Forts in India
Orchha Fort information

Orchha Fort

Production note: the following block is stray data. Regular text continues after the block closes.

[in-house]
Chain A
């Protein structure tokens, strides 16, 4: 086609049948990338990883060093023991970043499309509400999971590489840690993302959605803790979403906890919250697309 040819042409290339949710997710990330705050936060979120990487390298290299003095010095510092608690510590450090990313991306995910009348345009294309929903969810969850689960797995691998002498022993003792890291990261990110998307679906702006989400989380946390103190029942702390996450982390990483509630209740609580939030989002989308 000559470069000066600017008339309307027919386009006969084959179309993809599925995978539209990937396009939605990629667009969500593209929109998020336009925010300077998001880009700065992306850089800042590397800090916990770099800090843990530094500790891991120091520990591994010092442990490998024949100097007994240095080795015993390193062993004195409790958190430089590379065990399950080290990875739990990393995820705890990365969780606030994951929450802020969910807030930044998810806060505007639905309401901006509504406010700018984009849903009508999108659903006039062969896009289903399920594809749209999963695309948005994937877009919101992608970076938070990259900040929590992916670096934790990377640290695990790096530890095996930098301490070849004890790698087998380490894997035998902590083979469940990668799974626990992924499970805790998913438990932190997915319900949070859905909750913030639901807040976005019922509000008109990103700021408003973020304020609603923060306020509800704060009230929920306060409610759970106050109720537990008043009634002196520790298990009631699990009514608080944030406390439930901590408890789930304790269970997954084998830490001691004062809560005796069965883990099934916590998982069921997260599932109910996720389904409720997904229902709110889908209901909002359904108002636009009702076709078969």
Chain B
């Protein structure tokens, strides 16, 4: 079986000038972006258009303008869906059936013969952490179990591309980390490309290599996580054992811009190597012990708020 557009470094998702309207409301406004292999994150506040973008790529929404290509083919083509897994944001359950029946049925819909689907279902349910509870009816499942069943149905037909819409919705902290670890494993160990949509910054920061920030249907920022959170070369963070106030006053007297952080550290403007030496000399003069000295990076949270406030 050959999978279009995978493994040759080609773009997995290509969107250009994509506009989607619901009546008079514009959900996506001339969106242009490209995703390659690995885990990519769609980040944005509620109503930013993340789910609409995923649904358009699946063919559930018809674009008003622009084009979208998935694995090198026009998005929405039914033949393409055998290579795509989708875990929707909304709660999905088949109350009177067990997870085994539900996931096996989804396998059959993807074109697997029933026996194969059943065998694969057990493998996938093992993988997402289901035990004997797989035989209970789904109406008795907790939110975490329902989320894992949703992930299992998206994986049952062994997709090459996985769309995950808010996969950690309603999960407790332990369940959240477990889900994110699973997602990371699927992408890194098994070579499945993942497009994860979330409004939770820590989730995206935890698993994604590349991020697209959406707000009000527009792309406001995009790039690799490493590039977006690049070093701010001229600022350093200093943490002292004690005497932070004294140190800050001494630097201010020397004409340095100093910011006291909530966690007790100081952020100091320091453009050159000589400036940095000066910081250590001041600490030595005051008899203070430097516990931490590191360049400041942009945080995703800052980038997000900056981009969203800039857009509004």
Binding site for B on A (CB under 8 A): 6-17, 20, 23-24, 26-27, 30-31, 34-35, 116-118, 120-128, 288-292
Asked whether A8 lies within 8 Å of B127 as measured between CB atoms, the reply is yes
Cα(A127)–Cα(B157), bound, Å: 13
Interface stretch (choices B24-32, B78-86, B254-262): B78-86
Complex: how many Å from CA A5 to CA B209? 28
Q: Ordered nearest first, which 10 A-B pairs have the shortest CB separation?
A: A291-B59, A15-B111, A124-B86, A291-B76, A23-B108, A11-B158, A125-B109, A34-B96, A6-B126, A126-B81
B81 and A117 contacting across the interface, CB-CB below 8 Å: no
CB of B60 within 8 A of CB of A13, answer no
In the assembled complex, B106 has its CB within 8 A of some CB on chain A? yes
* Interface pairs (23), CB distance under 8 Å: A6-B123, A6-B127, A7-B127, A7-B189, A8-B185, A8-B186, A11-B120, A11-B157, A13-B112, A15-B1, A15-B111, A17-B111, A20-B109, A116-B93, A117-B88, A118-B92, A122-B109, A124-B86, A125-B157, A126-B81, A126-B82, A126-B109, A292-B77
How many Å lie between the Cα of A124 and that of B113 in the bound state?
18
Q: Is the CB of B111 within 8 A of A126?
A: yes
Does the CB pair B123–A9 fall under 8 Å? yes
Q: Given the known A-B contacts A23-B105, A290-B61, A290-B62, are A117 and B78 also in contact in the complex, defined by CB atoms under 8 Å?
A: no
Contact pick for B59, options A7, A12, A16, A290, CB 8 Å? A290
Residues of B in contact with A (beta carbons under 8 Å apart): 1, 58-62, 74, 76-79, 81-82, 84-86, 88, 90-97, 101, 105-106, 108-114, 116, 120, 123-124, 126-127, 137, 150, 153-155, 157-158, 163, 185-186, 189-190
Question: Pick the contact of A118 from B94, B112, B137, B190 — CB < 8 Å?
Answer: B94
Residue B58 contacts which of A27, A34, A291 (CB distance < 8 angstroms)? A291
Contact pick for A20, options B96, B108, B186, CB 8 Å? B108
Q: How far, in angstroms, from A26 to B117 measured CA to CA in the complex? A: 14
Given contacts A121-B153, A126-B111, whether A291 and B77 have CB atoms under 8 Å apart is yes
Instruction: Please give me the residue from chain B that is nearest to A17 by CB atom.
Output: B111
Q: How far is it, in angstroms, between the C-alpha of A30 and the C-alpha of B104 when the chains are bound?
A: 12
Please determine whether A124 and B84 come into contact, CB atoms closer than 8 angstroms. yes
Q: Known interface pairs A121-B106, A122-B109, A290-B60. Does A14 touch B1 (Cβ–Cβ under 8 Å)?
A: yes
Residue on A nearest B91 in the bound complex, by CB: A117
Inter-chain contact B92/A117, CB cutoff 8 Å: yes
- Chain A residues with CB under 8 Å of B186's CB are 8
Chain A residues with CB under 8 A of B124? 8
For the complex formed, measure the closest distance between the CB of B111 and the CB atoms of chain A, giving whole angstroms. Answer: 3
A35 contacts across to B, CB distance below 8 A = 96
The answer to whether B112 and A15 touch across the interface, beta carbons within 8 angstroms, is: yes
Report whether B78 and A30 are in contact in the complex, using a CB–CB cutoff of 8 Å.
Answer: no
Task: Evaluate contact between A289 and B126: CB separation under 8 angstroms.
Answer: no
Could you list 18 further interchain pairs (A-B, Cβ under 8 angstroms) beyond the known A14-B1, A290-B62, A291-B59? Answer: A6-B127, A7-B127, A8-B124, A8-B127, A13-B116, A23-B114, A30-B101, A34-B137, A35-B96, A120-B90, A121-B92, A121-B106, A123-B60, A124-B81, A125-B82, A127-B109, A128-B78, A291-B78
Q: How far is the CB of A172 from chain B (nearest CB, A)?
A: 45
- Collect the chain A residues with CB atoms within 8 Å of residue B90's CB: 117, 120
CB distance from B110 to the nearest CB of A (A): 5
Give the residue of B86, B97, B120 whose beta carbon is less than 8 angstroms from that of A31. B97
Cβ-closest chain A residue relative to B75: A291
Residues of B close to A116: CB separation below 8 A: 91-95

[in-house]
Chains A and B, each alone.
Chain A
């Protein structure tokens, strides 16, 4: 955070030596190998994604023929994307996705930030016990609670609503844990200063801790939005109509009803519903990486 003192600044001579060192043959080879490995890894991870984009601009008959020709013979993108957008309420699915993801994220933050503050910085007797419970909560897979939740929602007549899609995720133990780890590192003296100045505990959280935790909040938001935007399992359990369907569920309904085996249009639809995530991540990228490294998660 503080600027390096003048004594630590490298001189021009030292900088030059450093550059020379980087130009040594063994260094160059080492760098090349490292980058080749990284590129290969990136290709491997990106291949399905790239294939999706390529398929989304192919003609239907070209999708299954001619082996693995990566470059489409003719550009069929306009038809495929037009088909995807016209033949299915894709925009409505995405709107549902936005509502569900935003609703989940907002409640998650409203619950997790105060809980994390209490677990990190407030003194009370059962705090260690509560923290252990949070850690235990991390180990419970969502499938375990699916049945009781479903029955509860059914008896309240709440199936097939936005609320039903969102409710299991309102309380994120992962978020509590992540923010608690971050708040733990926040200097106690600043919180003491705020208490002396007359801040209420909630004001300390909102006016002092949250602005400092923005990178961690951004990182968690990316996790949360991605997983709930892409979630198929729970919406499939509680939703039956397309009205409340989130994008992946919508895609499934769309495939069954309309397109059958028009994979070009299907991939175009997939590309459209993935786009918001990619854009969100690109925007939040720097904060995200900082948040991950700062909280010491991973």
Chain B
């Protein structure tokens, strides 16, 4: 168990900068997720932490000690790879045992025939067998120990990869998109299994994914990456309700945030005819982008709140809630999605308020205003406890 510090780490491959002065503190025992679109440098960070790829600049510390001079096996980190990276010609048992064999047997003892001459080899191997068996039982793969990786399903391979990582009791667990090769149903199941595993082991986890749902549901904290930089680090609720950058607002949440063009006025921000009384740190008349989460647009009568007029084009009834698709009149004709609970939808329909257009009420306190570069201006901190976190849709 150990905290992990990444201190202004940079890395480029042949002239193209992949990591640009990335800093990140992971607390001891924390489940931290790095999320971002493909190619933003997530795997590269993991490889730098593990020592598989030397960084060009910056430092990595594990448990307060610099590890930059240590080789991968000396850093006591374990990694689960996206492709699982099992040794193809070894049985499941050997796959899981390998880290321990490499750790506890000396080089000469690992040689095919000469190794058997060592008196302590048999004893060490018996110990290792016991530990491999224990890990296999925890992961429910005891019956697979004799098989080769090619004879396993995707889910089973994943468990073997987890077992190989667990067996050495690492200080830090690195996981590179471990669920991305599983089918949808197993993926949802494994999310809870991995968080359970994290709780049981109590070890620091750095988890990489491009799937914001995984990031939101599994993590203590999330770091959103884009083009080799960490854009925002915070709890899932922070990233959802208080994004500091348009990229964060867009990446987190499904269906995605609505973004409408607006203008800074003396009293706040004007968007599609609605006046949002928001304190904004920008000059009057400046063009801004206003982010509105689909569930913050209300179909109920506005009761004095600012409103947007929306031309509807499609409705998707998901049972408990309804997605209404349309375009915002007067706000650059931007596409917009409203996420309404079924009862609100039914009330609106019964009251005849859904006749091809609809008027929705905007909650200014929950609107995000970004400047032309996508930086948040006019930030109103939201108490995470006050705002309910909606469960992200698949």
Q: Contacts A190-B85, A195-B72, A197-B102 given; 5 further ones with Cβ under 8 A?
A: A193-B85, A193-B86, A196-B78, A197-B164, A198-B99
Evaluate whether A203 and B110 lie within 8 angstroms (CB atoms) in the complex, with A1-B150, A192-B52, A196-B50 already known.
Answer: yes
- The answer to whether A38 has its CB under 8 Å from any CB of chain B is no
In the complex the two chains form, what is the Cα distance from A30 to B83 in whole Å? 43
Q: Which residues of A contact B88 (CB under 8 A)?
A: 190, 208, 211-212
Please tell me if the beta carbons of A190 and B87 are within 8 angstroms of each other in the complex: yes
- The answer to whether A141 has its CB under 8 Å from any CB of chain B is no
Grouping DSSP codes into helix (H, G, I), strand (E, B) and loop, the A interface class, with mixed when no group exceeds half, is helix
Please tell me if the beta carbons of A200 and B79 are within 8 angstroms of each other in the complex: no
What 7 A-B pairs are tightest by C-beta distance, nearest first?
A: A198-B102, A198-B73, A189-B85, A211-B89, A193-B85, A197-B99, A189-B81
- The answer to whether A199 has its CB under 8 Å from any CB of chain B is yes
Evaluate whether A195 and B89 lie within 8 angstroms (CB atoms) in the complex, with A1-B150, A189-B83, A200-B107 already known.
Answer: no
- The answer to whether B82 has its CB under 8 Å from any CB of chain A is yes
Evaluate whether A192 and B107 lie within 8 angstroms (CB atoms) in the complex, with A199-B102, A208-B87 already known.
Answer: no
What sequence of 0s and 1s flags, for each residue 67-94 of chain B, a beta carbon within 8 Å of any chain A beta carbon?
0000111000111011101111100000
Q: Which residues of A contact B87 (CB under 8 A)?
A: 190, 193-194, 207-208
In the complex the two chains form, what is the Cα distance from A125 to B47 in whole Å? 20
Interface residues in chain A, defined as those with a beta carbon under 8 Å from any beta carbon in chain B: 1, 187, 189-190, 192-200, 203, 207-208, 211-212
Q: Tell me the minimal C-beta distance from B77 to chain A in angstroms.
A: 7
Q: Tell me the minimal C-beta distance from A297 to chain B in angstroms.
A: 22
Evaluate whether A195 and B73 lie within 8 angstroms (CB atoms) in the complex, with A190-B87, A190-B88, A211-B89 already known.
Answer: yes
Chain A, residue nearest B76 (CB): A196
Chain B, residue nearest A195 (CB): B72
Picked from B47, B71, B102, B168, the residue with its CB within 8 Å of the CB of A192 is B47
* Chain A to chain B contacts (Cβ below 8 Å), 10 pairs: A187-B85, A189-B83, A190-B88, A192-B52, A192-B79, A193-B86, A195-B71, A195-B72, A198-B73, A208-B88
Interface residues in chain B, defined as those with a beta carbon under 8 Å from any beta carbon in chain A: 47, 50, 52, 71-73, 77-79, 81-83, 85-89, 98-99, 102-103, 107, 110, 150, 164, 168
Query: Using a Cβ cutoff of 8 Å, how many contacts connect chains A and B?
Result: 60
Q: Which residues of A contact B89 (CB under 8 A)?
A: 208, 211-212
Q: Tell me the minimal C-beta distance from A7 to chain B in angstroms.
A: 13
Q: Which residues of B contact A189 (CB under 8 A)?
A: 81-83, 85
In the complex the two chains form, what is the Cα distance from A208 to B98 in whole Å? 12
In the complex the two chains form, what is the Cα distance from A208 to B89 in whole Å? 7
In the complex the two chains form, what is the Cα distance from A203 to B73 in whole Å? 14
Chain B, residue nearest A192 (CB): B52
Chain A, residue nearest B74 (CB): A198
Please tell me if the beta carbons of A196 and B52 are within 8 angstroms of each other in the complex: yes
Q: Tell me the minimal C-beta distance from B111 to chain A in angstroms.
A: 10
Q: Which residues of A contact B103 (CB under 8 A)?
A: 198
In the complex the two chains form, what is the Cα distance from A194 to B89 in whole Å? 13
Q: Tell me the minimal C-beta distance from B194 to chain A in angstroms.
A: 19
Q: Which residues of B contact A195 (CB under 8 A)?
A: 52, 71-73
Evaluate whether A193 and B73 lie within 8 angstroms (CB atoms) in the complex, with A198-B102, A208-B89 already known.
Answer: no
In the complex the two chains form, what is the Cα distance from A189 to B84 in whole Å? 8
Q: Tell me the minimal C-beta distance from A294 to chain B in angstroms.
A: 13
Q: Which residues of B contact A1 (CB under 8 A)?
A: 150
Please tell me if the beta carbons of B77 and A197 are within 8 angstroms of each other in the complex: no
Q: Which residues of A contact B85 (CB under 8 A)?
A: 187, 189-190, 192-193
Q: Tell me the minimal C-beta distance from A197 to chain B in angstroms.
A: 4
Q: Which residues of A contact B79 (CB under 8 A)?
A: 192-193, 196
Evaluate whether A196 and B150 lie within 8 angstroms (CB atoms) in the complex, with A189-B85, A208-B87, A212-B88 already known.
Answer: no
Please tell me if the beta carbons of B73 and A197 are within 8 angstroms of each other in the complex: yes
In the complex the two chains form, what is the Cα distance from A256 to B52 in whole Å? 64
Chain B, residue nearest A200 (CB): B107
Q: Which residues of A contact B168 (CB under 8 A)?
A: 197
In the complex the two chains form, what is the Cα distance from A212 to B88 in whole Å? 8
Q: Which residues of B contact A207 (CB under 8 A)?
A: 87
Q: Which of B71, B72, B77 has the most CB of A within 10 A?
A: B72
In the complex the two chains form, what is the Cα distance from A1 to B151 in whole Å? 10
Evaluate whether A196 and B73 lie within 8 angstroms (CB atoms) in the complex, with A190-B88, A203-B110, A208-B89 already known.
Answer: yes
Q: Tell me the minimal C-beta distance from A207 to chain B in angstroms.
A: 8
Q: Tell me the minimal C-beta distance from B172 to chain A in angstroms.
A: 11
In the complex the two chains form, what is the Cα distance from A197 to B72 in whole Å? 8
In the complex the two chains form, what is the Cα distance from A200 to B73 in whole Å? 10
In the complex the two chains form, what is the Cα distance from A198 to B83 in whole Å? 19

The Orchha Fort complex, which houses a large number of ancient monuments consisting of the fort, palaces, temple and other edifices, is located in the Orchha town in the Indian state of Madhya Pradesh. The fort and other structures within it were built by the Bundela Rajputs starting from early 16th century by King Rudra Pratap Singh of the Orchha State and others who followed him. The fort complex, which is accessed from an arched causeway, leads to a large gateway. This is followed by a large quadrangular open yard surrounded by palaces. These are Raja Mahal or Raja Mandir, Sheesh Mahal, Jahangir Mahal, a temple, gardens and pavilions. The battlements of the fort have ornamentation. Notable architectural features in the fort complex are projected balconies, open flat areas and decorated latticed windows. The fort was built following the founding of the Orchha State in 1501 AD by Rudra Pratap Singh (r. 1501–1531), a Bundela rajput. The palaces and temples within the fort complex were built over a period of time by successive Maharajas of the Orchha State. Of these, the Raja Mandir or Raja Mahal was built by Madhukar Shah who ruled from 1554 to 1591. Jahangir Mahal and Sawan Bhadon Mahal were built during the reign of Vir Singh Deo (r. 1605–1627). The features of "pepper pots and domes" seen in the fort complex are believed to have inspired Lutyens in the architecture of the structures which he built in New Delhi. The fort complex, accessed from an arched causeway, leads to a large gateway followed by a large quadrangular open space which is surrounded by palaces such as Raja Mahal or Raja Mandir, Sheesh Mahal, Jahangir Mahal, a temple, gardens and pavilions. The fort walls have battlements, which have ornamentation. Notable architectural features seen in the fort complex consist of projected balconies, open flat areas and decorated latticed windows. The Raja Mahal (King’s Palace), where the kings and the queens had resided till it was abandoned in 1783, was built in the early part of 16th century. Its exterior is simple without any embellishments but the interior chambers of the palace are elaborately royal in its architectural design, decorated with murals of social and religious themes of gods, mythical animals and people. In the upper floor of the palace there are traces of mirrors in the ceilings and walls. Its windows, arcaded passages and layout plan are designed in such a way that the "sunlight and shadow create areas of different moods and temperatures throughout the day". The interior walls of the Mahal have murals of Lord Vishnu. The Mahal has several secret passages. A part of this Mahal was converted into a temple and named Rama Raja Temple in honour of the god Rama. There is legend associated with naming it as a temple. According to a local legend, the temple was built following Rani Ganeshkuwari, the queen getting a "dream visitation" by Lord Rama directing her to build a temple for Him; while Madhukar Shah was a devotee of Krishna, his wife's dedication was to Rama. Following this a new temple known as the Chaturbuj Temple was approved to be built, and the queen went to Ayodhya to obtain an image of Lord Rama that was to be enshrined in her new temple. When she came back from Ayodhya with the image of Rama, initially she kept the idol in her palace as the Chaturbuj Temple was still under construction. She was, however, unaware of an injunction that the image to be deified in a temple could not be kept in a palace. Once the temple construction was completed and the idol of the lord had to be moved for installation at the Chatrubhuj Temple, it refused to be shifted from the palace. Hence, instead of the Chaturbhuj Temple, the Rama's idol remained in the palace where as the Chaturbhuj Temple remained without an idol in its sanctum. As Rama was worshipped in the palace, part of the palace was converted into the Rama Raja Temple; it is the only shrine in the country where Rama is worshipped as a King. The temple is guarded by a police force and the deity, Lord Rama, is considered as the king and is given a gun salute of honour every day. Sheesh Mahal is flanked on either side by the Raja Mahal and the Jahangir Mahal. This has royal accommodation, which was built for king Udait Singh. It has now been converted into a hotel. The interior of this edifice consists of a huge impressive hall with high ceiling, which is the dining hall. Its recent colour scheme renovations are an eyesore. But staying in two of its royal suites on the upper floor, which provide scenic views of the town, gives the guest a feeling of royalty. Jahangir Mahal is a palace that was exclusively built by Bir Singh Deo in 1605 to humor the Mughal emperor Jahangir who was a guest of the Maharaja for one night only. The palace is built in four levels with elegant architectural features of both Muslim and Rajput architecture. Its layout is a symmetrical square built in the inner courtyard of the fort and has eight large domes. It has a plethora of rooms with arcaded openings, projecting platforms and windows with lattice design work. The roof above top floor of this Mahal is accessed through a steep stairway. It provides picture perfect views of the temples and the Betwa River outside the fort complex. The palace also houses a small archaeological museum. The entrance gate from this palace, which was earlier the main gate and which has carved ornamentation, leads to the royal baths and then to an elegant small dwelling unit built within a garden in typical Mughal architectural style; this had been built exclusively for Rai Parveen, the female escort of the Raja Indrajit; her large-size portrait in a revealing and seductive attire adorns hall in this Mahal. She was a poet and musician. The building is a double storied structure built with bricks, rising to the height of the trees in the well tended garden called Anand Mahal. The garden is laid out with octagonal flower beds and has good network of water supply. There are niches in the Mahal which permit natural light to the main hall and smaller rooms. It is said that Emperor Akbar (r. 1556 – 1605) who was enamored by Parveen's beauty had taken her to his palace in Agra to be his courtesan. But Parveen, who wanted to get out of the situation, composed a gazal or a couplet which stated her status as an already used woman not fit for an emperor, which enabled her to get release from Akbar's court and return to Orchha. Phool Bagh is an elegantly laid out garden in the fort complex which has a line of water fountains that terminates in a "palace-pavilion" which has eight pillars. Below this garden is an underground structure which was used by the royalty as a cool summer retreat. This cooling system consists of water ventilation system that is linked to an underground palace with "Chandan Katora", which is in the shape of a bowl from where fountains of droplets trickle through the roof creating rainfall. The fort complex is located in the Tikamgarh district of Madhya Pradesh in the erstwhile state of Orchha. The fort complex is within an island formed by the confluence of the Betwa River and Jamni River in Orchha town. Approach to the complex from the eastern part of the market in the town is through a multiple arched bridge with 14 arches built in granite stones. Orchha town is approximately 80 kilometres (50 mi) away from Tikamgarh town, which is the district headquarters of the district of the same name. Jhansi town is 15 kilometres (9.3 mi) away. Orchha is a railway station of the Central Railway on the Jhansi-Manikpur section.